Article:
“I appreciate we have some way to go to ensure the Roma and Sinti experiences are highlighted more fully within HMD, but I feel we have taken an important step this year.”
Olivia Marks-Woldman, Chief Executive Holocaust Memorial Day Trust
27th of January is internationally recognised as the day to commemorate the victims of the Holocaust, marking the day when Soviet troops liberated the Auschwitz death camp in 1945. On the 27th of January, 2000, representatives of over 44 countries met at Stockholm to sign the declaration which acknowledged the commitment to remember the victims of the Holocaust and other genocides, thus recognising Holocaust Memorial Day.
Every year the Holocaust Memorial Day Trust (HMDT) organises an event in London that brings together Holocaust survivors, dignitaries and hundreds of guests to remember those whose lives have been catastrophically destroyed by Nazi persecution, the atrocities of the Holocaust and more recent genocides in Cambodia, Rwanda, Darfur and Bosnia. The theme of this year’s event was “Communities Together: Build a Bridge”, thus emphasising the continuing need to connect with our communities and show respect to others.
The Holocaust Memorial Day Commemorative Event 2013 began with an exhibition of historical overviews and survivor testimonies, including speeches by Holocaust survivor Kitty Hart Moxon OBE and Sophie, a survivor of the Genocide in Rwanda. At the highlight of the event candles were lit as a symbol of remembrance of all Holocaust and Genocide victims. Candles were lit by representatives of each ethnicity. Ben Helfgott lit the candle for the Holocaust, Roza Kotowicz and Leon Wisniewski represented the Roma victims, Zeira Khan remembered the Rwanda genocide, whilst Imam Ibrahim Mogra and reverend Toby Howarth commemorated the Bosnian and the Darfuri genocides.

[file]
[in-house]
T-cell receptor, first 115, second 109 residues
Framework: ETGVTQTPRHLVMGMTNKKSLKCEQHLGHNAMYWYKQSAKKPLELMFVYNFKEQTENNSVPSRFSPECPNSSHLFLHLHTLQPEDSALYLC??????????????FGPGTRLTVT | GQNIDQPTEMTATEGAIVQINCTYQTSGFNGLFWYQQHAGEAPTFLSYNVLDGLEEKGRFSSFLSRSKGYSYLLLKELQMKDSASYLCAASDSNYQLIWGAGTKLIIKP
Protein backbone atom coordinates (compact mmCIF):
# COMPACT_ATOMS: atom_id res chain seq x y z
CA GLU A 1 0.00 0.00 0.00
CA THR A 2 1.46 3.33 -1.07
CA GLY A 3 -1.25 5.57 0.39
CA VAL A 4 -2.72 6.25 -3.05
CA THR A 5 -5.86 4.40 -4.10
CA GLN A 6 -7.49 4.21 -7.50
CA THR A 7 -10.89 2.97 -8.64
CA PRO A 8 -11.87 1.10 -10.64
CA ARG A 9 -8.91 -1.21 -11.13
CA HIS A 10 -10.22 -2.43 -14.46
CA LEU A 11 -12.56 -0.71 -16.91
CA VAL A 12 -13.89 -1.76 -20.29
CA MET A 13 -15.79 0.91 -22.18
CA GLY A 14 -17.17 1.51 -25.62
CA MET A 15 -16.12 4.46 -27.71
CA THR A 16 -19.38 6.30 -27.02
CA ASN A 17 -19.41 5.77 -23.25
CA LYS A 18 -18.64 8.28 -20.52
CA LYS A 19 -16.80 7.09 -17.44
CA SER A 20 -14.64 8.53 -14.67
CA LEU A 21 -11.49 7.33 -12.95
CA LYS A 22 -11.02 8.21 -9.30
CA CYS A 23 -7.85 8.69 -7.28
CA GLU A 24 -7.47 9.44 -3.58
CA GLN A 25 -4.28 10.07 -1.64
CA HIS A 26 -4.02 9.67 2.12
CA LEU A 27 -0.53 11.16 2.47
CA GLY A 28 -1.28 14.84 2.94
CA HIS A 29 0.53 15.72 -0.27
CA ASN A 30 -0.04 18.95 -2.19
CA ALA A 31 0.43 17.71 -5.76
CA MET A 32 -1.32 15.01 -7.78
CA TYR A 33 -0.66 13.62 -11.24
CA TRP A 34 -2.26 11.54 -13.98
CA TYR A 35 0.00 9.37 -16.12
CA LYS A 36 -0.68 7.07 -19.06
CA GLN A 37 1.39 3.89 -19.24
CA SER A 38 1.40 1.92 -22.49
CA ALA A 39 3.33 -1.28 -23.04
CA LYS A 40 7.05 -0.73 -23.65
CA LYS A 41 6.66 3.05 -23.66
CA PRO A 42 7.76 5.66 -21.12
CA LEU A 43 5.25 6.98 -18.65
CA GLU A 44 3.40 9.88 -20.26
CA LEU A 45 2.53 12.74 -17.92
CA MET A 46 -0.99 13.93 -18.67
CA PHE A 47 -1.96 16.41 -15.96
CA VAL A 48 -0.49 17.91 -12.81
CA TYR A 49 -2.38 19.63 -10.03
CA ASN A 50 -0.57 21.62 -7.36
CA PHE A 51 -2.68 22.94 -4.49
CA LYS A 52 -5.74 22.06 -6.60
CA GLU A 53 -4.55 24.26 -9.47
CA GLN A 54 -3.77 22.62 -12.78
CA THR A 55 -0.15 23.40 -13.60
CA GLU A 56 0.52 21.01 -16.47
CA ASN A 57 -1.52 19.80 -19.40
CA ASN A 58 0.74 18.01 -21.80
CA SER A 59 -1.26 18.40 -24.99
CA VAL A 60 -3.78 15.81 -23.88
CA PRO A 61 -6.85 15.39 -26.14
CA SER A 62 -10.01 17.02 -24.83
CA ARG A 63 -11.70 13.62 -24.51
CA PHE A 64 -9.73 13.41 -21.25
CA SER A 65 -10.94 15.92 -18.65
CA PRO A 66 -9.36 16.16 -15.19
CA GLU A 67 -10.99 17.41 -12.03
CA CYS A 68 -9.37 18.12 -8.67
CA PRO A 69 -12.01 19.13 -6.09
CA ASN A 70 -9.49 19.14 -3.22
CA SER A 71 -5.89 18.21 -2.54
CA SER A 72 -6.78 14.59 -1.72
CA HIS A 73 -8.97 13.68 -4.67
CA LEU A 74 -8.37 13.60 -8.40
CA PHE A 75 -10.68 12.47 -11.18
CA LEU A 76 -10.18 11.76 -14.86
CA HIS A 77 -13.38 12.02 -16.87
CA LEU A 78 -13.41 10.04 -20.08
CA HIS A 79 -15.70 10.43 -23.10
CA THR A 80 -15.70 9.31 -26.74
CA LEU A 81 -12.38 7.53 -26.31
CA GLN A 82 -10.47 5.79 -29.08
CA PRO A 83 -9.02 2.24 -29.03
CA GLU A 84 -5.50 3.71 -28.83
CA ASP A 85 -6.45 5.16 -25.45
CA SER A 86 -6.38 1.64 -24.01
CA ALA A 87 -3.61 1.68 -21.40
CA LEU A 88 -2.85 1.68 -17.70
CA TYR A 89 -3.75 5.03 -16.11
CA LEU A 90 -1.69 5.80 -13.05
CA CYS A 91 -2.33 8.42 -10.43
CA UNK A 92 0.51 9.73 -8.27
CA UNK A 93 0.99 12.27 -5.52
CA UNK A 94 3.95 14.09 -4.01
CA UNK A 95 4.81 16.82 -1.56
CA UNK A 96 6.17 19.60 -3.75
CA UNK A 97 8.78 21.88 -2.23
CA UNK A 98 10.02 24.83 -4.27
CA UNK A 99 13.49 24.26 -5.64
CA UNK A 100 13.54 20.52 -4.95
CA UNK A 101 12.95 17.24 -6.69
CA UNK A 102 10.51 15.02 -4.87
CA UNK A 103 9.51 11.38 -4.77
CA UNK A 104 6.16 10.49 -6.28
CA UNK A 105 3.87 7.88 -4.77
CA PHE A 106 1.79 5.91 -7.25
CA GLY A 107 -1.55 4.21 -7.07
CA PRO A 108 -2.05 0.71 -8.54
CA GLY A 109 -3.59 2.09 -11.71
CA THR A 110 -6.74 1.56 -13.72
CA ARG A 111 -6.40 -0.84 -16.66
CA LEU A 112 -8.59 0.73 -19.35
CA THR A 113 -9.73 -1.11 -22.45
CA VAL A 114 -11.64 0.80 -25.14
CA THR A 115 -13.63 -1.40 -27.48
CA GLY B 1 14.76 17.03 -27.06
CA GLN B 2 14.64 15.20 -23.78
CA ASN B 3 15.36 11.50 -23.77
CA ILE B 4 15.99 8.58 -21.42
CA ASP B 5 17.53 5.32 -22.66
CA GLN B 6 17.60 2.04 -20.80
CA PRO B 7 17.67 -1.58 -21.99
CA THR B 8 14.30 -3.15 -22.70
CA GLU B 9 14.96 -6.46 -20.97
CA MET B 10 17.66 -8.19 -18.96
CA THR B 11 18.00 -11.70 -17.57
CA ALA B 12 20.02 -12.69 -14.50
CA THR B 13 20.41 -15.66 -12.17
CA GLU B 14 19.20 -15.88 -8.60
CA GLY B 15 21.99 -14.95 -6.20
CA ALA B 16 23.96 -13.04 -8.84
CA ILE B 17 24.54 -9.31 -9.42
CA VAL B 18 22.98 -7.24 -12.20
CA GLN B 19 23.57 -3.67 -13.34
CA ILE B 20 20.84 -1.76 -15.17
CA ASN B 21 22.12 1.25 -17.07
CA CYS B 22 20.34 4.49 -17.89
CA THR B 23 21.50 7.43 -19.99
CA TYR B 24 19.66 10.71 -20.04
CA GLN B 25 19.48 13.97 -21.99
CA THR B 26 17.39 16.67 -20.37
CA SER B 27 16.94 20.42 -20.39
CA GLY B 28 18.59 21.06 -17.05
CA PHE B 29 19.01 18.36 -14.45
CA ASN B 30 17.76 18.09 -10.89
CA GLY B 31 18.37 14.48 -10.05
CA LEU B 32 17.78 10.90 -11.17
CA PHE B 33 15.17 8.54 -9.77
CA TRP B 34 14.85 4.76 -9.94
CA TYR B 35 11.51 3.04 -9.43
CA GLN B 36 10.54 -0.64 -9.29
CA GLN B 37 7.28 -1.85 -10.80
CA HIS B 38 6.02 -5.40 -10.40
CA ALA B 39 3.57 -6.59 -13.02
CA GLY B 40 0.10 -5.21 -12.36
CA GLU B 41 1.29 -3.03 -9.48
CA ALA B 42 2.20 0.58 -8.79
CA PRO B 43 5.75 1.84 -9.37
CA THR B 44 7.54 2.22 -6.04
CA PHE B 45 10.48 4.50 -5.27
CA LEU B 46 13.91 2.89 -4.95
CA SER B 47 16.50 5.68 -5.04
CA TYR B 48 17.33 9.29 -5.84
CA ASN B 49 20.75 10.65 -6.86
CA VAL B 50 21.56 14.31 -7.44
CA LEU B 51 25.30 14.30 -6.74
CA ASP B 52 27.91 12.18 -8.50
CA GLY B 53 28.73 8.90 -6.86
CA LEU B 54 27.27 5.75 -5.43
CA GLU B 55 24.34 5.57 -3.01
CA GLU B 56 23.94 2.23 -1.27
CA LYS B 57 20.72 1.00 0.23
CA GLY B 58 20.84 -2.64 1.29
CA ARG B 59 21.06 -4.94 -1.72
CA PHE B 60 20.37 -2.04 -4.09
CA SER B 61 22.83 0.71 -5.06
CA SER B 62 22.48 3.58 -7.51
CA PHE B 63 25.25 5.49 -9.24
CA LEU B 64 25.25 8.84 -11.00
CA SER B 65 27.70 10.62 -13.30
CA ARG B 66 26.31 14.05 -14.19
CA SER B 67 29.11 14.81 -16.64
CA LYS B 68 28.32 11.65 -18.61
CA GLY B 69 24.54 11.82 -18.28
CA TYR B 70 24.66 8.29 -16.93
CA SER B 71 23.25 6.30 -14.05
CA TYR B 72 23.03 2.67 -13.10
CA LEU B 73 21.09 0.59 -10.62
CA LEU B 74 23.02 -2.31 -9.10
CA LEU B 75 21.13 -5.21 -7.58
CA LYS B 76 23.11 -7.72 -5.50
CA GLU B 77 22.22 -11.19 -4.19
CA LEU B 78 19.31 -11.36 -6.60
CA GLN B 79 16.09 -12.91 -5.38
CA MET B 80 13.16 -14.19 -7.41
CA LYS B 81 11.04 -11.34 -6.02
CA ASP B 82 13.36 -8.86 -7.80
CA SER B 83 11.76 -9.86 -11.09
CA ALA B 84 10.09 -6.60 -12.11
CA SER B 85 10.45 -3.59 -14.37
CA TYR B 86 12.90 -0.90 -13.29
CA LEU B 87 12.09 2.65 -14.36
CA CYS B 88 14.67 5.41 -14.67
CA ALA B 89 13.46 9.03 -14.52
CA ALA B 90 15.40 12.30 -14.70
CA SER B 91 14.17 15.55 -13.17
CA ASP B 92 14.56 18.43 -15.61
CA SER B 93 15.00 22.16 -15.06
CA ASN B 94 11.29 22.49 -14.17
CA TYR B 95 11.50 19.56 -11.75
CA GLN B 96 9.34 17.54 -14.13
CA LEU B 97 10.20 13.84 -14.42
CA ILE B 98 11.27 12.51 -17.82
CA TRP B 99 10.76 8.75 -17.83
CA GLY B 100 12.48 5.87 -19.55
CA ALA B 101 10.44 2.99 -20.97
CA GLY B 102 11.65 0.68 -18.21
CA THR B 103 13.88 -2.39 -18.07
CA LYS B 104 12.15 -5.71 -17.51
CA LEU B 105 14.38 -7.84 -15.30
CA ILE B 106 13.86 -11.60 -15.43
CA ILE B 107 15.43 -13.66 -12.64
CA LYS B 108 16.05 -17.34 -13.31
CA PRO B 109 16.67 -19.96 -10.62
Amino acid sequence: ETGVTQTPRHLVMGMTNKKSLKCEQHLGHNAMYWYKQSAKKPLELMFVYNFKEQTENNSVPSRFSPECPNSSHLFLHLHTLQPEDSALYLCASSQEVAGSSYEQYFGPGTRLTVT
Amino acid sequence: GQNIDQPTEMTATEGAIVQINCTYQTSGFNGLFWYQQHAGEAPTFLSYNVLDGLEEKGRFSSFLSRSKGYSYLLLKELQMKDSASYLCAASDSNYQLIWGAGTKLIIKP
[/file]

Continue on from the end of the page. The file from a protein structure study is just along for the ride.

This year was very important as Roma and Sinti victims have only very recently been fully represented. Other speakers included Simon Schama and Yoletta Hyange with messages conveyed by Chief Rabbi Lord Sacks and MP Eric Pickles. In his uplifting speech, Chief Rabbi Lord Sacks has shown his deep respect and admiration for all survivors of the Holocaust and the other genocides. He stated that although the past cannot be changed, it can be a source of learning “if we fight hate with love, brutality with compassion, and death with an unconquerable dedication to life”.
The Roma Support Group (RSG) was represented by Roma Trustees, Roza Kotowicz (Chair of the RSG) and Leon Wisniewski , who were invited as VIP guests. Leon Wisniewski stated: “We have waited long enough to be able to commemorate the memory of many hundreds of thousands of Roma and Sinti victims. When I was lighting the candle, I remembered them all… The memory of this Day will stay with me for ever.”
HMD’s events are intended both to bring people together in a solemn remembrance of the Holocaust, and to apply lessons we have learnt from the past to the present day in order to ‘create a safer, better future’. In this context it brings attention to the discrimination and exclusion that Roma people still face every day. Most Roma in Europe live in poverty, at the margins of society and have no official support. Roma communities are increasingly becoming the victims of abuse and are frequently subject to right wing attacks and racism.
Last year a monument was unveiled in Berlin commemorating the 500,000 Roma and Sinti victims of the Nazi Genocide. At the inauguration, Chancellor Angela Merkel declared that “it is a German and European task to support (Sinti and Roma) wherever they live, no matter what country”. It is hoped that with increased awareness these issues can be seriously addressed.